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In The Midnight Lands

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42. It was too large.



LATE IN the last hour of the final day a flurry of panic and movement and broken voices.


She’s getting agitated!

Should we administer the drugs?

NO-O! Don’t do it! CALL the Hospice!

We love you Ginny.

GIVE HER the drugs!

We love you - 


We love you - 

Call the - 

She’s calming down -

We love you. We love you.

We love you . . .

We crowded around her. Other than Dad who crouched to one side looking as if some deep foundation within him broke. I grabbed the footstool and sat in front. I was overcome, undone. For the first time in a day Ginny’s eyes were open.

One shuddering, aching breath.

I was staring into her eyes, letting her see me as she faced the edge of all things. Long pause, no breath. Still the words - we love you - flowing - we love you - surrounding - we love you -




Her eyes on me and I was numb, stupefied, terrified, feeling as if I'd awoken on an operating table eviscerated and unable to tell it. I wanted to scream. There was a flare in Ginny's pupils, a flow; she was receding, conceding. I had to get up and take my father's hand, lead him to where I'd sat. She needs to see you before she leaves.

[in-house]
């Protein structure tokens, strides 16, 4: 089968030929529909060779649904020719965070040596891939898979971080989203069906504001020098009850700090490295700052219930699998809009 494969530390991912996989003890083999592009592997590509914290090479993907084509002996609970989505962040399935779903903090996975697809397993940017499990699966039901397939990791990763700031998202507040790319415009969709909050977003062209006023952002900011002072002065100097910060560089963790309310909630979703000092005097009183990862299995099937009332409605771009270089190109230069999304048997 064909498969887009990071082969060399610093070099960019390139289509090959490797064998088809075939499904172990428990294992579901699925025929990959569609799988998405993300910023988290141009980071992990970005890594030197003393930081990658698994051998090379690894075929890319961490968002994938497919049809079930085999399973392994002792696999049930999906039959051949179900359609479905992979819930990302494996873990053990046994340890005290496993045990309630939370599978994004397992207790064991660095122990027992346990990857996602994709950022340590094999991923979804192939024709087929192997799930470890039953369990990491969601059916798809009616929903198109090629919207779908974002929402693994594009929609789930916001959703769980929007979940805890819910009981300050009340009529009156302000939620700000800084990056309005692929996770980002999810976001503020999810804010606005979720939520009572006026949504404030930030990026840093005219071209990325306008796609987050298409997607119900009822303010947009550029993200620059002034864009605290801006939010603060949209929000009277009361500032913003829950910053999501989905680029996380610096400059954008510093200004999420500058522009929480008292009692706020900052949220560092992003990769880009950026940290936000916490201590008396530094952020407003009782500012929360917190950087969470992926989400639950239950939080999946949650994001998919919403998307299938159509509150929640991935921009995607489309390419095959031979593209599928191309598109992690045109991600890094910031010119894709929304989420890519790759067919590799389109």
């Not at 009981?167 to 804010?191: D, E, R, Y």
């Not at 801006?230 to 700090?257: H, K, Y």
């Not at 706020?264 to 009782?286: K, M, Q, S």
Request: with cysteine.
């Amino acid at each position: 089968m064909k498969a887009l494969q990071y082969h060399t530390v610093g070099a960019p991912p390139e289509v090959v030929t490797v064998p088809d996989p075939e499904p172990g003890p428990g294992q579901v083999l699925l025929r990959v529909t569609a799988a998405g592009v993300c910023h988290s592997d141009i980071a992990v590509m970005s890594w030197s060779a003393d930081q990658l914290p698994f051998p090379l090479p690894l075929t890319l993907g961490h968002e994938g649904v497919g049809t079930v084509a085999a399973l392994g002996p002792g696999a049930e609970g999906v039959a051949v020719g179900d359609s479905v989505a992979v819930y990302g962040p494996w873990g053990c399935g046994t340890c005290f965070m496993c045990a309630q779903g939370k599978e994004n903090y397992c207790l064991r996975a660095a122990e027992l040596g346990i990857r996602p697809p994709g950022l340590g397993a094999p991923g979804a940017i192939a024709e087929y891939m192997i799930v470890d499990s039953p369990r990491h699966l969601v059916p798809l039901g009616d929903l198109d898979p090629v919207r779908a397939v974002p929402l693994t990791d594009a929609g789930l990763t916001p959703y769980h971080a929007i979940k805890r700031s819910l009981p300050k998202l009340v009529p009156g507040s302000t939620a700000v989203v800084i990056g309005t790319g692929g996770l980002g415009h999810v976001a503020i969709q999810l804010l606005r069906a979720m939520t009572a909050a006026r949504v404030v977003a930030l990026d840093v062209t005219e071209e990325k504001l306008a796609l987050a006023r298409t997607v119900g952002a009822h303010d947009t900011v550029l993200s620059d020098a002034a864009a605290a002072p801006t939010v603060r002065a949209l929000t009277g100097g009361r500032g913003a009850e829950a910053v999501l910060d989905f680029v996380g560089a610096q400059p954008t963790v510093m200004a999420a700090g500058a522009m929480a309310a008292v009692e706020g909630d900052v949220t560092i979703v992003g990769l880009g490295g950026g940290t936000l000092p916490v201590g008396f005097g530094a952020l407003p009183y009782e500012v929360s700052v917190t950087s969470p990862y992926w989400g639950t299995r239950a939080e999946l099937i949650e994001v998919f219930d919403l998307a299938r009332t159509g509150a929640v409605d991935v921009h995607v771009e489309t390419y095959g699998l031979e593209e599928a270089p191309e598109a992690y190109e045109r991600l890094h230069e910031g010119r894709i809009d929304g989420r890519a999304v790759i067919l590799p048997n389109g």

But eyes had faded.

Were dying.


No more breath. Only a strange sort of lull, one second only of a gasp made loud before a keening wail that engulfed, as my sisters, my mother, who'd been so brave, so strong, finally let go. It flooded the room like water. Water. We were all under water.

Is she gone?

Amber checking the pulse and nodding; tears streamed down her face. The keening grew loud, large, too large for the room. The emotion was too large for the room, too large for me and I had to leave, to leave, to rush outside and fall to my knees on the deck. It was too large.

Great wracking sobs welled from somewhere deep inside. Deep, deep inside. They rattled me as they rose. They threatened to shake me apart. I could not keep them in - it was too large - I sobbed into the night. I had not cried for years, but something was broken.

I was broken.

I sobbed into the night.

Hannah comes. I didn't hear her footsteps but her arms were around me. She who was mostly reserved but was bawling now and telling me we had to do better, be kinder, keep the family traditions. And her arms were strange. And I knew but could not tell her. The traditions were gone.

* * * *

This blog is a story. Each post picks up from the last.
If you are new, start at the bottom with post 1 and then work your way up. 


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